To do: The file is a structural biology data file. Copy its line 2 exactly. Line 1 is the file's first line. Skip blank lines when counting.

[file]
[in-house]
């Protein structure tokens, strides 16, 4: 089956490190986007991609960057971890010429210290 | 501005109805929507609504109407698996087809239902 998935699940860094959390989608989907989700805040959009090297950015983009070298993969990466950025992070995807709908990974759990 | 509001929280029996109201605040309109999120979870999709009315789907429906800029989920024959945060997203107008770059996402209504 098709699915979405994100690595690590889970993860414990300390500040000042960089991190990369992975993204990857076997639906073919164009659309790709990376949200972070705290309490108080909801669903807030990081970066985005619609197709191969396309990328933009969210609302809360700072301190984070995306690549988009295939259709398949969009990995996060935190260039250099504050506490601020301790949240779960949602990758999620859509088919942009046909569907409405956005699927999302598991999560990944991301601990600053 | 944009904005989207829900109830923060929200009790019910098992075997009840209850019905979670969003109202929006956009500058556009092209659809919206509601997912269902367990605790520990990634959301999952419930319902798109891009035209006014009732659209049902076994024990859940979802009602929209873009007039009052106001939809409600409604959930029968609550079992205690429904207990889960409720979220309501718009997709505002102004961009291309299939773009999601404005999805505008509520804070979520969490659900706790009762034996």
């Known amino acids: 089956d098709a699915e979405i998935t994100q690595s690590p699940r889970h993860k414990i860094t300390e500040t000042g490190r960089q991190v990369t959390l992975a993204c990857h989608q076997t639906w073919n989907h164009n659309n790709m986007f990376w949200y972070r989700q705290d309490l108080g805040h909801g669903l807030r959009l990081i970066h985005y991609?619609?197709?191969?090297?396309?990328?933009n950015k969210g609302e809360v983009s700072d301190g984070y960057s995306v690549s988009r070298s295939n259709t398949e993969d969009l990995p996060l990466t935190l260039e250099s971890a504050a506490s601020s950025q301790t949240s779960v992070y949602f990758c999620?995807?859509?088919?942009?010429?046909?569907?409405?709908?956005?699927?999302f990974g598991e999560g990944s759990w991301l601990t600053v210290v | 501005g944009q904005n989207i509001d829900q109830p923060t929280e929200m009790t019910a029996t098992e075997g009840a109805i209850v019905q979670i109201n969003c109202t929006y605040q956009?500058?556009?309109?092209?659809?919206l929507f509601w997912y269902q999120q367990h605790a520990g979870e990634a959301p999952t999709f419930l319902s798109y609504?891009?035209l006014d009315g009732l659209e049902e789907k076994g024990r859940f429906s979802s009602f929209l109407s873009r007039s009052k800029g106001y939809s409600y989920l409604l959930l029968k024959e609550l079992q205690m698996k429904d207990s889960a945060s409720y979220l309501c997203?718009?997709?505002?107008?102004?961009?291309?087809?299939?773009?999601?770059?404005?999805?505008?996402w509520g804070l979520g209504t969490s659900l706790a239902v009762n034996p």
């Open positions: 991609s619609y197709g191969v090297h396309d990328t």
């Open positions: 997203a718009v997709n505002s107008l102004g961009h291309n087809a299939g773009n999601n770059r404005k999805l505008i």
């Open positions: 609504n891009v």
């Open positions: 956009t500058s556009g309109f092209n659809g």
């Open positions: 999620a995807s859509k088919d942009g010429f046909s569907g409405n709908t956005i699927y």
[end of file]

């Protein structure tokens, strides 16, 4: 089956490190986007991609960057971890010429210290 | 501005109805929507609504109407698996087809239902 998935699940860094959390989608989907989700805040959009090297950015983009070298993969990466950025992070995807709908990974759990 | 509001929280029996109201605040309109999120979870999709009315789907429906800029989920024959945060997203107008770059996402209504 098709699915979405994100690595690590889970993860414990300390500040000042960089991190990369992975993204990857076997639906073919164009659309790709990376949200972070705290309490108080909801669903807030990081970066985005619609197709191969396309990328933009969210609302809360700072301190984070995306690549988009295939259709398949969009990995996060935190260039250099504050506490601020301790949240779960949602990758999620859509088919942009046909569907409405956005699927999302598991999560990944991301601990600053 | 944009904005989207829900109830923060929200009790019910098992075997009840209850019905979670969003109202929006956009500058556009092209659809919206509601997912269902367990605790520990990634959301999952419930319902798109891009035209006014009732659209049902076994024990859940979802009602929209873009007039009052106001939809409600409604959930029968609550079992205690429904207990889960409720979220309501718009997709505002102004961009291309299939773009999601404005999805505008509520804070979520969490659900706790009762034996």